Public Access Counselor’s ruling sends ‘chilling’ implications

Exponent photo editor Michael Takeda kneels where he said he was apprehended by Purdue and other local police agencies on Jan. 21, following the campus shooting. The location is near a door that is marked Room 237 in the Electrical Engineering Building. Purdue Police say Takeda was confronted on a different floor. (Photo Provided/The Exponent)
Exponent photo editor Michael Takeda kneels where he said he was apprehended by Purdue and other local police agencies on Jan. 21, following the campus shooting. The location is near a door that is marked Room 237 in the Electrical Engineering Building. Purdue Police say Takeda was confronted on a different floor. (Photo Provided/The Exponent)

WEST LAFAYETTE, Ind. (The Exponent) – The decision by the state’s public access counselor to deny The Exponent’s request for access to videos showing Purdue police’s interaction with an Exponent photographer is disappointing, said Steve Badger, an attorney representing the paper.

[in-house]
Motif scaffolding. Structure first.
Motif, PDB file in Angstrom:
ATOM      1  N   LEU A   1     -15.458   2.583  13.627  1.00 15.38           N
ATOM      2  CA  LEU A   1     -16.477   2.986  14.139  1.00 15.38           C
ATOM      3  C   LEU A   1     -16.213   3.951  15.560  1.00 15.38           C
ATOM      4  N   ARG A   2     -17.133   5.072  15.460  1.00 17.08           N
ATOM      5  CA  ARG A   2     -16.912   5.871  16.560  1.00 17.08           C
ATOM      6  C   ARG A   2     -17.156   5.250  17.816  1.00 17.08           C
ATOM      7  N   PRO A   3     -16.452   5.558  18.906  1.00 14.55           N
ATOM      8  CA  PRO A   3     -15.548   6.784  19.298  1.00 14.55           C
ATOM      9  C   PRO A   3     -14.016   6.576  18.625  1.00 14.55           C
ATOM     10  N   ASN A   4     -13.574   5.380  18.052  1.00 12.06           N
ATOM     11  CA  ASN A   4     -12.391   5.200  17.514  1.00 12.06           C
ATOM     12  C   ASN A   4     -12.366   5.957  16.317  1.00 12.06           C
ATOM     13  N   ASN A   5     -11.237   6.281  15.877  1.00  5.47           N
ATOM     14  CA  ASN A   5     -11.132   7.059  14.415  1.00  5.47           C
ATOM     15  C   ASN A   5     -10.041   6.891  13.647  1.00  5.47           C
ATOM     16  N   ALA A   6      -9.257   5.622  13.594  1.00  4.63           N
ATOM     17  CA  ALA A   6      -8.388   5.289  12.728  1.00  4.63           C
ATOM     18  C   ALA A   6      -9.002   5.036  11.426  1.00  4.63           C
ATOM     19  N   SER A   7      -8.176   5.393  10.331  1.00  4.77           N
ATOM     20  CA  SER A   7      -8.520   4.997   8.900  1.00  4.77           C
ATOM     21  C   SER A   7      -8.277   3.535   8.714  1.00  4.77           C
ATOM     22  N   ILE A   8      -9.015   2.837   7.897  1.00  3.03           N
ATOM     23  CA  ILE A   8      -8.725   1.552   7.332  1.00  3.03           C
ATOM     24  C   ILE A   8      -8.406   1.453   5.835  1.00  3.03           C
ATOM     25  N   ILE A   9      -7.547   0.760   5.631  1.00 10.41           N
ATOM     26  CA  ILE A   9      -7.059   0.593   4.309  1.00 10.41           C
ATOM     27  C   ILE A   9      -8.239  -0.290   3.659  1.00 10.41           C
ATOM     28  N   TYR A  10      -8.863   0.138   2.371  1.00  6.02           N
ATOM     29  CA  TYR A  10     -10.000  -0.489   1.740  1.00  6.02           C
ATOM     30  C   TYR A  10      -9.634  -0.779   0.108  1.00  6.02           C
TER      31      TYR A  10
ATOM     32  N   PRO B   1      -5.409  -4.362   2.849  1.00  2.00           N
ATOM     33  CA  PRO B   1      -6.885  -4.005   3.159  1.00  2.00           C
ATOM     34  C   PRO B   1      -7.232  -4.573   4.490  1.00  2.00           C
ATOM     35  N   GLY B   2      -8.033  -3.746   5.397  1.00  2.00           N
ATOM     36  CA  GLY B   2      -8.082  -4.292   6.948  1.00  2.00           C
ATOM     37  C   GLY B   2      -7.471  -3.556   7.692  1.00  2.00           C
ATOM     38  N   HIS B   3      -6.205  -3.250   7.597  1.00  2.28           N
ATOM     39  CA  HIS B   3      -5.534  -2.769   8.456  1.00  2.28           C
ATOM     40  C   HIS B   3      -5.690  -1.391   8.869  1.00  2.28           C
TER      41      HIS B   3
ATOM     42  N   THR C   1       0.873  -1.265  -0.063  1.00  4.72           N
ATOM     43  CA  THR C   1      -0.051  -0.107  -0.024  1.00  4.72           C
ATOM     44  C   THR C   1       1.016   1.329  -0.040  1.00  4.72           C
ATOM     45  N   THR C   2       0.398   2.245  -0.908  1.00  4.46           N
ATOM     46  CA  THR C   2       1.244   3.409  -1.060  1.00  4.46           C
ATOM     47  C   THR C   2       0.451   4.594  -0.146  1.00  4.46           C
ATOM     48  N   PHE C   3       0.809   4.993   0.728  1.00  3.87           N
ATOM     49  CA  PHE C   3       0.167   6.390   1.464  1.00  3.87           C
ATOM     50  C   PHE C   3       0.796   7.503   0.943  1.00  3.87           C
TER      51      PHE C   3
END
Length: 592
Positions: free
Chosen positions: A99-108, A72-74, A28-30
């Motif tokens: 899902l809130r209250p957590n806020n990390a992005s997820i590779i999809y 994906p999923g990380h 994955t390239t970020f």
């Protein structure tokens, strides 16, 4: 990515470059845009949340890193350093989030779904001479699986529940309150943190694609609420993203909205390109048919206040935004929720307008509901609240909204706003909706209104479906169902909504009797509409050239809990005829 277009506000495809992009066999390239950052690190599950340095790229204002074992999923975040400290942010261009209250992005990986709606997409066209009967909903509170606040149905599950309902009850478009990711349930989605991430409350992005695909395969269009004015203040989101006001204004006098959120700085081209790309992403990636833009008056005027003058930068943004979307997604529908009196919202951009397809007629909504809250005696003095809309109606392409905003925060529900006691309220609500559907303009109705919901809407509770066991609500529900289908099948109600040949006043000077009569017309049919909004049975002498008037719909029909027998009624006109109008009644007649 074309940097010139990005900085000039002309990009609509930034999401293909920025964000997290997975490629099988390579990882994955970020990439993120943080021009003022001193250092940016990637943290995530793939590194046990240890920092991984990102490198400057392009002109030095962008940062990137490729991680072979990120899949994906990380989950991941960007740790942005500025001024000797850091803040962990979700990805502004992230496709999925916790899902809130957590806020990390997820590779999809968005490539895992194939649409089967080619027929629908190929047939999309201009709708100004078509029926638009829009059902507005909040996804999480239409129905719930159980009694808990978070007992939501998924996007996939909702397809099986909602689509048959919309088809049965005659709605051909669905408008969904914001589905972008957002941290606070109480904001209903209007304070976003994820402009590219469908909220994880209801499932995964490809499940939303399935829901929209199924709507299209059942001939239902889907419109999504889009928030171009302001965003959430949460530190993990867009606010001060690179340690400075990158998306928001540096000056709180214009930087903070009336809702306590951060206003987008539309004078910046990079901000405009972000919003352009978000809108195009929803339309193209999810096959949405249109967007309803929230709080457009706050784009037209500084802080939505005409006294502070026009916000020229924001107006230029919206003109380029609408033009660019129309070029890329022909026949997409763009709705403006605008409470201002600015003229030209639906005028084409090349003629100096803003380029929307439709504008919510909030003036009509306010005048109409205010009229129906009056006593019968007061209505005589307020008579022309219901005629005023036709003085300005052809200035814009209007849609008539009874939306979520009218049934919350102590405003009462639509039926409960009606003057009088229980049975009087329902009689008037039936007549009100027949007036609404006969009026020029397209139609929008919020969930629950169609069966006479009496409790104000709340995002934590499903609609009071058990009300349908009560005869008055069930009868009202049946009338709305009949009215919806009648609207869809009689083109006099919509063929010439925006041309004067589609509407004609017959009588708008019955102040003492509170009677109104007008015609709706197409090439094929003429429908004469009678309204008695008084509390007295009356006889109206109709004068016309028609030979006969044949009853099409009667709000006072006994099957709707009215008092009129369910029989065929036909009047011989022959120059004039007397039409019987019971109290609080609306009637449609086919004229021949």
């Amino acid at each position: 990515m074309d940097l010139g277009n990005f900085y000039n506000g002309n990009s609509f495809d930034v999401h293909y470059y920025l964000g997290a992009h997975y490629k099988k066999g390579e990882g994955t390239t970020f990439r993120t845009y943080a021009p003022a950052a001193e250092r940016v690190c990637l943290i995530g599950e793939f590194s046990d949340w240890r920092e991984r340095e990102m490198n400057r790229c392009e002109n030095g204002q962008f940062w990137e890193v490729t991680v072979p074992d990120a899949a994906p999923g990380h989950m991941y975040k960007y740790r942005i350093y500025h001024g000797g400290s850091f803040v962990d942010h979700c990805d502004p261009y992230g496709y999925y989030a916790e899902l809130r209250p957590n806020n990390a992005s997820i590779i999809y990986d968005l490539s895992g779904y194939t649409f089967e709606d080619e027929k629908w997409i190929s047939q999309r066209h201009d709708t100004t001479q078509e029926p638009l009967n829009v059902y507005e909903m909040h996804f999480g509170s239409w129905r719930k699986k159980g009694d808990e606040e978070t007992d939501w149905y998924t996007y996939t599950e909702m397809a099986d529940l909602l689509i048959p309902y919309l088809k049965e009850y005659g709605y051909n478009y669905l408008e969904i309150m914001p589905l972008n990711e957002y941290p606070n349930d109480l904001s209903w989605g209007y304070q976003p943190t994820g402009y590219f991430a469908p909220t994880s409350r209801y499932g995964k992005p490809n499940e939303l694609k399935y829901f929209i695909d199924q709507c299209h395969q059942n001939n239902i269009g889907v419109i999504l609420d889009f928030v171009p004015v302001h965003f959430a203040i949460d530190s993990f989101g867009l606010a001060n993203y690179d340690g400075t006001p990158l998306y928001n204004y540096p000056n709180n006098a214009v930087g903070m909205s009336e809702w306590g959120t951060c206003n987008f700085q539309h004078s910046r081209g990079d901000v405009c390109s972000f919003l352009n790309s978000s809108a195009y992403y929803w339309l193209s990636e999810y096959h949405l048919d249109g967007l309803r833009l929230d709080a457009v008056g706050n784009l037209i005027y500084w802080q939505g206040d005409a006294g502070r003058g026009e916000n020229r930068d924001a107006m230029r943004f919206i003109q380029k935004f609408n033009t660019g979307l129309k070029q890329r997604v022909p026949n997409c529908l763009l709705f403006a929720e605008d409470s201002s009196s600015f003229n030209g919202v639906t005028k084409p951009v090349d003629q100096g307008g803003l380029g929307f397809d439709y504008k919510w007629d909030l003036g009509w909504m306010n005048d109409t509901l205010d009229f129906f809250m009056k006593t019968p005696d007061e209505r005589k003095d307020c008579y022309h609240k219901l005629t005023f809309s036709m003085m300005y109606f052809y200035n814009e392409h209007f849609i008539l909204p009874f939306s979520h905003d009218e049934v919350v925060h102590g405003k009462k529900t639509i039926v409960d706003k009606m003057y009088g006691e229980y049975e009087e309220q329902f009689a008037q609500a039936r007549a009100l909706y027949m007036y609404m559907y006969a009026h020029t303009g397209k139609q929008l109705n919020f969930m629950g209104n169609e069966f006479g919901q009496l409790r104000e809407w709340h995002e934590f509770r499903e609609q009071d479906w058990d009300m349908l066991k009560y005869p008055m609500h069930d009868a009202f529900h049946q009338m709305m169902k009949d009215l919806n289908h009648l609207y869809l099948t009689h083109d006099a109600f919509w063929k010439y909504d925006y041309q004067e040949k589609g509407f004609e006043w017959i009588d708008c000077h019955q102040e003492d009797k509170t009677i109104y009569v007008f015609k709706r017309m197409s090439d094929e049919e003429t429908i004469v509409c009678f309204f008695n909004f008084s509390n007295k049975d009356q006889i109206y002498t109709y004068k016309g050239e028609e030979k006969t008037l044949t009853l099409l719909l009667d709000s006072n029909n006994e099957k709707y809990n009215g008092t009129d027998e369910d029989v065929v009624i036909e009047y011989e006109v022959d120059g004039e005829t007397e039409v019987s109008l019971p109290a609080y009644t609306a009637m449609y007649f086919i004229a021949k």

“It basically allows authorities to shroud anything, virtually any law enforcement record in any way under the investigatory exception,” Badger said.

Indiana’s public access counselor, Luke Britt, made his ruling on a complaint filed by The Exponent with the University on Feb. 5 asking for the release of video footage of police interaction with Exponent photo editor Michael Takeda on Jan. 21, the day Andrew Boldt was murdered. Takeda was apprehended by police on the second floor of the Electrical Engineering building while on assignment, and some of his camera equipment was damaged.

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